By volume Nachi Katsuura is one of the most significant ports for longline tuna production in Japan, accounting for the largest landings of fresh tuna in Japan. On an annual basis, roughly 430 Japanese long line vessels catch ~10,000 metric tons of albacore, much of which passes through Nachi Katsuura port in the Wakayama Prefecture.
The Nachi Katsuura Albacore Longline FIP involves No. 78 Kaiou Maru, an offshore longline harvester that offloads at Nachi Katsuura port and Yamasa Wakiguchi Co., a regional tuna wholesaler. Yamasa Wakiguchi Co., the FIP client, sourced approximately 590 metric tons of albacore tuna from offshore longline fisheries in 2017-2018, including tuna caught by No. 78 Kaiou Maru.
Wakiguchi-san, who founded and runs the wholesale company, is a leading seafood businessman, a strong advocate for sustainable fishing practices, and a primary driver of the flourishing Nachi Katsurra tuna industry. His company was the first in the region to develop and make public a procurement policy advocating for tuna sustainability, which included commitments to traceability, third-party certification, and avoiding illegal sources of seafood. He is now working to ensure his tuna fisheries and the local fishing industry they support remain healthy through implementing precautionary improvements.
In 2012, an MSC pre-assessment of tuna species targeted by two Japanese longliners was conducted for albacore, bigeye, yellowfin, and pacific bluefin tunas. In 2017 that pre-assessment was updated and concluded that the albacore and yellowfin tuna components of the fishery could be considered “well-positioned for certification” contingent on several key improvements. These include adopting harvest control rules for the northern albacore tuna stock, expanding on-board observer coverage to collect information on catches of non-target species such as sharks, billfish, seabirds and turtles, and implementing measures to reduce those non-target catches where necessary.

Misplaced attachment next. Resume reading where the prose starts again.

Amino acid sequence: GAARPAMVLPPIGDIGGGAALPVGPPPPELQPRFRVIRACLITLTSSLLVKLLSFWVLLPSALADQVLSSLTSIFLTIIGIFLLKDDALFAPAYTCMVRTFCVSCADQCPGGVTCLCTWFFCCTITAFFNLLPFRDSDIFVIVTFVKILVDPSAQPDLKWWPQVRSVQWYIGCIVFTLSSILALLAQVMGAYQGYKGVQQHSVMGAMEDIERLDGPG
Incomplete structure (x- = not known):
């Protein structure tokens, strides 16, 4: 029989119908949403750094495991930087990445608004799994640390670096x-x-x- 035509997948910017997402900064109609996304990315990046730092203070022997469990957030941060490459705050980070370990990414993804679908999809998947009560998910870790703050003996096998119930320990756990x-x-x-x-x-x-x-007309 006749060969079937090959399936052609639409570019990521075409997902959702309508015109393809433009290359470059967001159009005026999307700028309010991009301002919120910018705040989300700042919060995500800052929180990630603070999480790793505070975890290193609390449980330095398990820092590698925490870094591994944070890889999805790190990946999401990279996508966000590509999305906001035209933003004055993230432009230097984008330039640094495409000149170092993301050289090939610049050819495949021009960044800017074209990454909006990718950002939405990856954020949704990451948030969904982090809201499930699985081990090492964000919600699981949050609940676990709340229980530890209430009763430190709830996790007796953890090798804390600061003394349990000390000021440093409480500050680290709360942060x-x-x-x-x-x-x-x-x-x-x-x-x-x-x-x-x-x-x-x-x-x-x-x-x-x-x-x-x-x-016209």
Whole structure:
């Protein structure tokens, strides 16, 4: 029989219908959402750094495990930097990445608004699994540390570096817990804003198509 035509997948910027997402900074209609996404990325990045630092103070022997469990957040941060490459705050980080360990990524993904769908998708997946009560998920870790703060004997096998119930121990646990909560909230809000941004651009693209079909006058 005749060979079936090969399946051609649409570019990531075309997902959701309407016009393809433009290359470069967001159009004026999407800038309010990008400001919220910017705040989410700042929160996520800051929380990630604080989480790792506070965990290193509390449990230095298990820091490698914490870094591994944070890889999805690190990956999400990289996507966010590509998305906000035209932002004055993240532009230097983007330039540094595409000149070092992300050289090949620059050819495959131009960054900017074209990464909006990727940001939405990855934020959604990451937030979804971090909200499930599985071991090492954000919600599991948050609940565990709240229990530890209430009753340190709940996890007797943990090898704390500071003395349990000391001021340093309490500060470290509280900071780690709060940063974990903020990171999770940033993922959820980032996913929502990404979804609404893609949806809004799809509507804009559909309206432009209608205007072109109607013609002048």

While Wakiguchi-san’s goal for the FIP is an unconditional pass of the Marine Stewardship Council, the Nachi Katsuura Albacore Longline FIP is also working to bring about greater positive change throughout the entire region by growing to include additional fishing boats, processors, and wholesalers, and improvement measures which work to protect additional tuna species.
Key Conservation Concerns:
- While stock status appears healthy, juveniles are disproportionately caught as juvenile albacore aged 2-4 years, comprised, on average, 70% of annual catch between 1993-2015 (graph from ISC).
- A formal harvest control rule needs to be adopted for the North Pacific albacore stock, which would ensure that the exploitation rate is reduced when stock abundance is at low levels.
- Regulations require that fishery interactions with seabirds, sharks, and turtles are reported, and although observer data on these interactions are collected, the data are not readily obtainable. Such data are needed to evaluate effects of the fishery on ETP species.
What We're Doing:
- Facilitated the signing of a Memorandum of Understanding (MoU) between tuna fishermen, wholesalers, and NGOs to pursue more sustainable tuna fisheries.
- Reviewed and updated an MSC pre-assessment previously completed in 2012. The updated pre-assessment completed by O2 identified priority environmental challenges and opportunities for improvement through a FIP.
- Development of a FIP workplan to address deficiencies found during the MSC pre-assessment, including plans to better monitor and track information on retained species, pilot a traceability system in alignment with MSC traceability/Chain of Custody standards which tracks product from point of harvest to point of final sale, develop a strategy to implement a precautionary management framework, and monitor interactions with seabirds and sea turtles.
- Convening fishery stakeholders every six months to generate support, participation, and funding, including facilitating matching funds and in-kind contributions, for improvement efforts.
Project News and Additional Resources
- MSC Pre-assessment Update for Wakayama Tuna Longline Fishery
- Improvement Efforts Lead to More Sustainable Fishing Practices in Japanese Sea Perch and Tuna Fisheries
- Japan Looks to Improve Key Tuna Fisheries as Part of Blossoming Sustainable Seafood Movement
- Opportunities for Sustainable Fisheries in Japan
Fishery Improvement Project Information:
|FIP Status:||Comprehensive FIP (tracked fully on FisheryProgress.org)|
|Project Launch:||October 2017|
|Location:||Nachi Katsuura, Wakayama Prefecture, Japan|
|Participants:||Ocean Outcomes, Seafood Legacy, Yamasa Wakiguchi Co., No. 78 Kaiou Maru|
|Species:||Albacore tuna (Thunnus alalunga)|
|Volume:||150 mt - No. 78 Kaiou Maru annually harvests 150 mt of albacore. Based on the Western and Central Pacific Fisheries Commission (WCPFC) Tuna Fishery Yearbook, 227 Japanese longline vessels caught 12,142 mt of albacore tuna in 2015.|
|Documents:||Pre-assessment / Workplan|